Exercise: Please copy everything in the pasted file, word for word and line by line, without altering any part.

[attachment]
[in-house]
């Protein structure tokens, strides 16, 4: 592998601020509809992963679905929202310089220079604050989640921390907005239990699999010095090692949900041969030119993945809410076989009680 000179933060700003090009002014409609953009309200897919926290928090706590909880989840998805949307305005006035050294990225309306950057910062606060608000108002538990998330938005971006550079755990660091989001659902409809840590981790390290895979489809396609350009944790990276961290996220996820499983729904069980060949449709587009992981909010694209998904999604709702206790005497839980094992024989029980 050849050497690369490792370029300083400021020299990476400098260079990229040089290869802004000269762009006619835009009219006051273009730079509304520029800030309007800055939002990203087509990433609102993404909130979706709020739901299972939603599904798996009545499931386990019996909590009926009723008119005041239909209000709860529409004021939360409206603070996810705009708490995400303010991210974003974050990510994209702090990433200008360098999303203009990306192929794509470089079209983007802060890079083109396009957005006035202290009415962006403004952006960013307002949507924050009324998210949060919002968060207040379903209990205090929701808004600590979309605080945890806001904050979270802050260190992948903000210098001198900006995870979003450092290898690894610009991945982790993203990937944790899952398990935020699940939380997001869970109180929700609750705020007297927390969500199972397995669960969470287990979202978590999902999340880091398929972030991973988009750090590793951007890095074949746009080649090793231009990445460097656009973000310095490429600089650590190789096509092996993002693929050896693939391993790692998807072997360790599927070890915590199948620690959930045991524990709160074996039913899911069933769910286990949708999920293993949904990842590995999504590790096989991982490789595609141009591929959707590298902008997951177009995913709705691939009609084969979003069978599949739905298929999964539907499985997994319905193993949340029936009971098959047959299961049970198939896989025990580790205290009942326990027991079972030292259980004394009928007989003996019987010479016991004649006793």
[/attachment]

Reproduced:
[in-house]
């Protein structure tokens, strides 16, 4: 592998601020509809992963679905929202310089220079604050989640921390907005239990699999010095090692949900041969030119993945809410076989009680 000179933060700003090009002014409609953009309200897919926290928090706590909880989840998805949307305005006035050294990225309306950057910062606060608000108002538990998330938005971006550079755990660091989001659902409809840590981790390290895979489809396609350009944790990276961290996220996820499983729904069980060949449709587009992981909010694209998904999604709702206790005497839980094992024989029980 050849050497690369490792370029300083400021020299990476400098260079990229040089290869802004000269762009006619835009009219006051273009730079509304520029800030309007800055939002990203087509990433609102993404909130979706709020739901299972939603599904798996009545499931386990019996909590009926009723008119005041239909209000709860529409004021939360409206603070996810705009708490995400303010991210974003974050990510994209702090990433200008360098999303203009990306192929794509470089079209983007802060890079083109396009957005006035202290009415962006403004952006960013307002949507924050009324998210949060919002968060207040379903209990205090929701808004600590979309605080945890806001904050979270802050260190992948903000210098001198900006995870979003450092290898690894610009991945982790993203990937944790899952398990935020699940939380997001869970109180929700609750705020007297927390969500199972397995669960969470287990979202978590999902999340880091398929972030991973988009750090590793951007890095074949746009080649090793231009990445460097656009973000310095490429600089650590190789096509092996993002693929050896693939391993790692998807072997360790599927070890915590199948620690959930045991524990709160074996039913899911069933769910286990949708999920293993949904990842590995999504590790096989991982490789595609141009591929959707590298902008997951177009995913709705691939009609084969979003069978599949739905298929999964539907499985997994319905193993949340029936009971098959047959299961049970198939896989025990580790205290009942326990027991079972030292259980004394009928007989003996019987010479016991004649006793």